Teaching English in Greece

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Greece Overview

What better place to go to teach than the land that gave us Socrates, Plato and Aristotle? When combined with the wonderful people, culture, cuisine and weather it can seem like the perfect destination. In many ways it is, but salaries are not huge and opportunities for professional development are fairly slim. A new law requiring all teachers to pass a Greek language exam has made things rather more difficult but this could be overturned at any moment by the EU. TEFL teachers in Greece have mixed experiences when it comes to dealing with employers of language centres. Needless to say, it pays to do your research before signing anything.

Type of Institution Typical salary (USD/month) Typical hours Typical annual leave
Language centres (AKA frontistiria) and agencies 800 – 1,500 (DOS) Various but often evenings and weekends 2 weeks plus national holidays
Self-employed 1,000 – 1,500 Various Various
International schools and universities 3,000 upwards 8am – 4pm Monday to Friday plus some weekend work 10 weeks plus national holidays

Main places for jobs

All major towns and cities.

Typical requirements

Degree, TEFL certificate, EU national, Greek language skills, local interview preferred.

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Tips

1. Even if the present law that requires all teachers to pass a Greek language exam is abolished, it is still advisable to get learning Greek as soon as you can.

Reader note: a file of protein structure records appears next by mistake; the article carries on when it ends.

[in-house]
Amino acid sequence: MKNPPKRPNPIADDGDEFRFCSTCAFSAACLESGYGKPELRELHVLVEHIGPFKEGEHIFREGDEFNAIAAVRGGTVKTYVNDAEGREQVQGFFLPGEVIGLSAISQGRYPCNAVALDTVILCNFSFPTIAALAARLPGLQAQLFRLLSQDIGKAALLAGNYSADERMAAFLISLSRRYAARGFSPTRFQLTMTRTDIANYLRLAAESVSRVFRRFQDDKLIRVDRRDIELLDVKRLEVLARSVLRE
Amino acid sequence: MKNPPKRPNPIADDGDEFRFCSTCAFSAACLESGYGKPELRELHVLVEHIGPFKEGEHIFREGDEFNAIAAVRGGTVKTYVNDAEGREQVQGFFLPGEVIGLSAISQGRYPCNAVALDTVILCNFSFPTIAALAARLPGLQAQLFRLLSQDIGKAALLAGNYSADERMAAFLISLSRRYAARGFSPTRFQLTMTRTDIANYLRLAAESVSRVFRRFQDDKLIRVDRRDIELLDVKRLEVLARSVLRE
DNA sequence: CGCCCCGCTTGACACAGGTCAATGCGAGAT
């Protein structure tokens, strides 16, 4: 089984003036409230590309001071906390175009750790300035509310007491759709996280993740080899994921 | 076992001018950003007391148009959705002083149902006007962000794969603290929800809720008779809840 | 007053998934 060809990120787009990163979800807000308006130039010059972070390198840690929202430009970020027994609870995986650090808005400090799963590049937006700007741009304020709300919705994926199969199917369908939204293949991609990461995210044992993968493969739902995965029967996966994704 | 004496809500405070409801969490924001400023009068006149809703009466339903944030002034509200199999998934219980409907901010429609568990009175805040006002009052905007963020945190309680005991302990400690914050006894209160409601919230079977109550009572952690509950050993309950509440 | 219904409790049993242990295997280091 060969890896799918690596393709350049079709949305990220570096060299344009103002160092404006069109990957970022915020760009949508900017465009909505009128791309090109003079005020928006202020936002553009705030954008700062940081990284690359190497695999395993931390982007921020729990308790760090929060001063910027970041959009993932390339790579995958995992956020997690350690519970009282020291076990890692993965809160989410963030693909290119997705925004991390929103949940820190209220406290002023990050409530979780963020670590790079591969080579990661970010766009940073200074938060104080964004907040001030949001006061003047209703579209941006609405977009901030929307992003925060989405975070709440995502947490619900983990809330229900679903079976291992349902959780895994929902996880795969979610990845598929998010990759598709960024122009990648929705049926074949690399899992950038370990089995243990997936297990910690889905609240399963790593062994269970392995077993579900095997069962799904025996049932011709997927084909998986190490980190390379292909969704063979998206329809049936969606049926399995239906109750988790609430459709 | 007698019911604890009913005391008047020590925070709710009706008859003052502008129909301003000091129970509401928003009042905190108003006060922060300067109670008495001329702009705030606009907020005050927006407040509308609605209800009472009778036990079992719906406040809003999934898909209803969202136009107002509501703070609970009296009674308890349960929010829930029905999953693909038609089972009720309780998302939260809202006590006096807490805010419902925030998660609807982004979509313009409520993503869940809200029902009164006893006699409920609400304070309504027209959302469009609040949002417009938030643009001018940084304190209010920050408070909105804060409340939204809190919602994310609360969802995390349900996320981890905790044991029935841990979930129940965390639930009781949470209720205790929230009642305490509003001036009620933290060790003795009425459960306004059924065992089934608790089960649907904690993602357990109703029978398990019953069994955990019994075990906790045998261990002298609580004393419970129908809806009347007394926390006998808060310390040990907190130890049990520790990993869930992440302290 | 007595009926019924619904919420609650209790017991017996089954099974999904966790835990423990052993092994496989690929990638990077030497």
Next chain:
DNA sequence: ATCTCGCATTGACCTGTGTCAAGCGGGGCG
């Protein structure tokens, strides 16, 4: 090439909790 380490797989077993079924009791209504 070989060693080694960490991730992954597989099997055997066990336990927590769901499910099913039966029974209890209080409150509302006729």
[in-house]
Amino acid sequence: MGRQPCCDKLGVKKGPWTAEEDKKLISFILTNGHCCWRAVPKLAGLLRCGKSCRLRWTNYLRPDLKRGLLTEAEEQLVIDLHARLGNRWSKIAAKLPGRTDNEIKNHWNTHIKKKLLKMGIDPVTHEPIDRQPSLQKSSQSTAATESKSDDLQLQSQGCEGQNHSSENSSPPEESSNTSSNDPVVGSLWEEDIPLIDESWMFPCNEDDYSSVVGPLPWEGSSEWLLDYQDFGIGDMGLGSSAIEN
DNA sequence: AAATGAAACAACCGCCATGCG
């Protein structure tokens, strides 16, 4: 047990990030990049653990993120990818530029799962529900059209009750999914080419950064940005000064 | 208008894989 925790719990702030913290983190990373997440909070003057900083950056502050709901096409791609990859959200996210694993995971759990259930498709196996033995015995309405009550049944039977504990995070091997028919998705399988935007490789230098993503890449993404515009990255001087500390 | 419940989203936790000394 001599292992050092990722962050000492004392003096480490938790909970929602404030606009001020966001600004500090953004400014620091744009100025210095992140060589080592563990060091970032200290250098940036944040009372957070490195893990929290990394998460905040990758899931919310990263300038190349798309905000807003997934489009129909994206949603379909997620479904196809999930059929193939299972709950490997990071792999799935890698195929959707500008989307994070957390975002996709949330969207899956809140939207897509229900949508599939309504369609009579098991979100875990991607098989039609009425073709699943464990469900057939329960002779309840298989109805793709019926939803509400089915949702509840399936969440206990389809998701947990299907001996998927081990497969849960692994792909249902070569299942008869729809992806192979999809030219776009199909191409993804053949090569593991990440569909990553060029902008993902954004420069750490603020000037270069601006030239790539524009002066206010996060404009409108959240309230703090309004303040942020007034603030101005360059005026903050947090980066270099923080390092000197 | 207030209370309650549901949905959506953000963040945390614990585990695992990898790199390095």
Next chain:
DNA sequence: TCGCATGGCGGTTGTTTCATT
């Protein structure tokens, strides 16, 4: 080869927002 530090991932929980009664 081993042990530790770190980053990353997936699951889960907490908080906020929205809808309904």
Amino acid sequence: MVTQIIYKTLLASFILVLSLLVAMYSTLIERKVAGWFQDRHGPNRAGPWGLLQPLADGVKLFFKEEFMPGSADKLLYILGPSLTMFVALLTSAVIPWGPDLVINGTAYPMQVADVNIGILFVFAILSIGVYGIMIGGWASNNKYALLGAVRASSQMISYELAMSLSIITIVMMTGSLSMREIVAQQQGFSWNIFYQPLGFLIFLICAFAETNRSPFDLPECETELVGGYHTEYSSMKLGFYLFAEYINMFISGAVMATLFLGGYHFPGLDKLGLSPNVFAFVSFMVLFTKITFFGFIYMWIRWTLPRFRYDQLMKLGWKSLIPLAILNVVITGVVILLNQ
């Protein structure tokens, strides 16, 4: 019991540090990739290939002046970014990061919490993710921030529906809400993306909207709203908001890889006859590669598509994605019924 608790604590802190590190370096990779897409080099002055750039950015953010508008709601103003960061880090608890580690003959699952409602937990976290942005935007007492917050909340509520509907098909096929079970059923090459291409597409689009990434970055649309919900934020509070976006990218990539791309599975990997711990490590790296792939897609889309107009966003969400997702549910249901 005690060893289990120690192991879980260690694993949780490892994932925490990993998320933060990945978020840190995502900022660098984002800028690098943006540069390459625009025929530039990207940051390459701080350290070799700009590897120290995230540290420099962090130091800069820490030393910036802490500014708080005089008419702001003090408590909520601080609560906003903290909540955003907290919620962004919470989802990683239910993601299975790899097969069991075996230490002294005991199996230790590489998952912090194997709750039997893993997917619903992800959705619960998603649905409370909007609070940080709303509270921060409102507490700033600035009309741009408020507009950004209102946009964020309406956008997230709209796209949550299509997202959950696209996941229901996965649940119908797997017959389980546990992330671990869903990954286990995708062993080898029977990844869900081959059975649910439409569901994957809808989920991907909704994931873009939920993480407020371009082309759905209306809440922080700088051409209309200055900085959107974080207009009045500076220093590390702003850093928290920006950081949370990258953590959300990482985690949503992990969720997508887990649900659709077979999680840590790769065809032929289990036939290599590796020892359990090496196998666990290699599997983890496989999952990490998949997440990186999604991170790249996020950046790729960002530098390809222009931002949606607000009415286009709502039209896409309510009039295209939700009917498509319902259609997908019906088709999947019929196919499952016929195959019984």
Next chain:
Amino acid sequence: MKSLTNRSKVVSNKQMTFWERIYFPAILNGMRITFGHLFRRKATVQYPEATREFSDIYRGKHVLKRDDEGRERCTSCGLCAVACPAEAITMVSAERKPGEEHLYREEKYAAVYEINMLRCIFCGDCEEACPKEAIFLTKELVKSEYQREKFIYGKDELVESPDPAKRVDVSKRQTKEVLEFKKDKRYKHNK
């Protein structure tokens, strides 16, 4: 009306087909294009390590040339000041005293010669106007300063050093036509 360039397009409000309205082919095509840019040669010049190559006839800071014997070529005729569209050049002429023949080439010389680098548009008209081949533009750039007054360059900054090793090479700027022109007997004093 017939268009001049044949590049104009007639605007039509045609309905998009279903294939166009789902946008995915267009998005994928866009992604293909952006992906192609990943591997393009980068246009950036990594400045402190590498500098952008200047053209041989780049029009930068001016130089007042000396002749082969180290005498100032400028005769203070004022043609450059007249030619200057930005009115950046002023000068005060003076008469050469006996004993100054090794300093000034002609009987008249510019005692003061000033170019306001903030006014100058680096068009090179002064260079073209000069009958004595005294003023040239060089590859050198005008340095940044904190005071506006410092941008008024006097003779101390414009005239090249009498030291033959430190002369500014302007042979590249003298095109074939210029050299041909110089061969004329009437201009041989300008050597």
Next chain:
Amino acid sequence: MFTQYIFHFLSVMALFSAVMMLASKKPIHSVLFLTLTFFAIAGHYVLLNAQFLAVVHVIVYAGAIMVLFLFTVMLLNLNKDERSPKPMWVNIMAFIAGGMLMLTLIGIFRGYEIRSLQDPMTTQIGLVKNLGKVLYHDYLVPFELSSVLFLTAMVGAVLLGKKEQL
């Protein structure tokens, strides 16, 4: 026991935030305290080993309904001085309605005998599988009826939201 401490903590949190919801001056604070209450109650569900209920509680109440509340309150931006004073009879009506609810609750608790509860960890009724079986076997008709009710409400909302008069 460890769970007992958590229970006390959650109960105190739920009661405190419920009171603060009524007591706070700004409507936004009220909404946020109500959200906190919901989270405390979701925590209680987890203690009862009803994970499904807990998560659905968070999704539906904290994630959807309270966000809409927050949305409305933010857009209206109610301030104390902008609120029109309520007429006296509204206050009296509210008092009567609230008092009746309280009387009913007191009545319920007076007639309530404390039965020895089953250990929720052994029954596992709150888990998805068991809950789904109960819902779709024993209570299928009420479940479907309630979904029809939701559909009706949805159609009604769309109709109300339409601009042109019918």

2. Experienced teachers who are EU nationals should consider finding in-house Business English work via an agency. The payment is often much higher than if you sign a regular contract with a language centre. You may even consider setting up in business yourself.

3. Take your time when making decisions. It is considered strange for people to rush into things in Greece – especially where contracts are concerned.

Red tape

As with most countries in Europe, it is a lot easier for EU nationals to find work as the paperwork required is significantly less than when applying to employ non-EU nationals. The present requirement for all teachers to pass a Greek language exam is a real annoyance for first-timers but may well be a temporary issue if the EU actually debate the topic.

Cost of living

Medium – accommodation, food and transport. This is reflected to some degree in the salaries but certainly not enough to enable the average TEFL teacher to save much money each month.

Tax and salary information

Employers generally pay your income tax for you and as usual you should expect to be paid on a monthly basis. Many EU nationals (particularly British and Irish) decide to become self-employed tutors as the profit margins and flexibility can be attractive when compared to working for a typical language centre.

Summary

High demand for English tuition Lots of red tape for non-EU nationals who do not already have contacts in Greece
Wonderful people, food, culture and weather You need to pass a Greek language exam in order to get a teaching permit
Opportunities are there to set up your own language centre if you see yourself staying for a long time Rather low salaries

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Qualified English teachers please register with World of TEFL and we will contact you with relevant vacancies as they come in. This is a free service for teachers.

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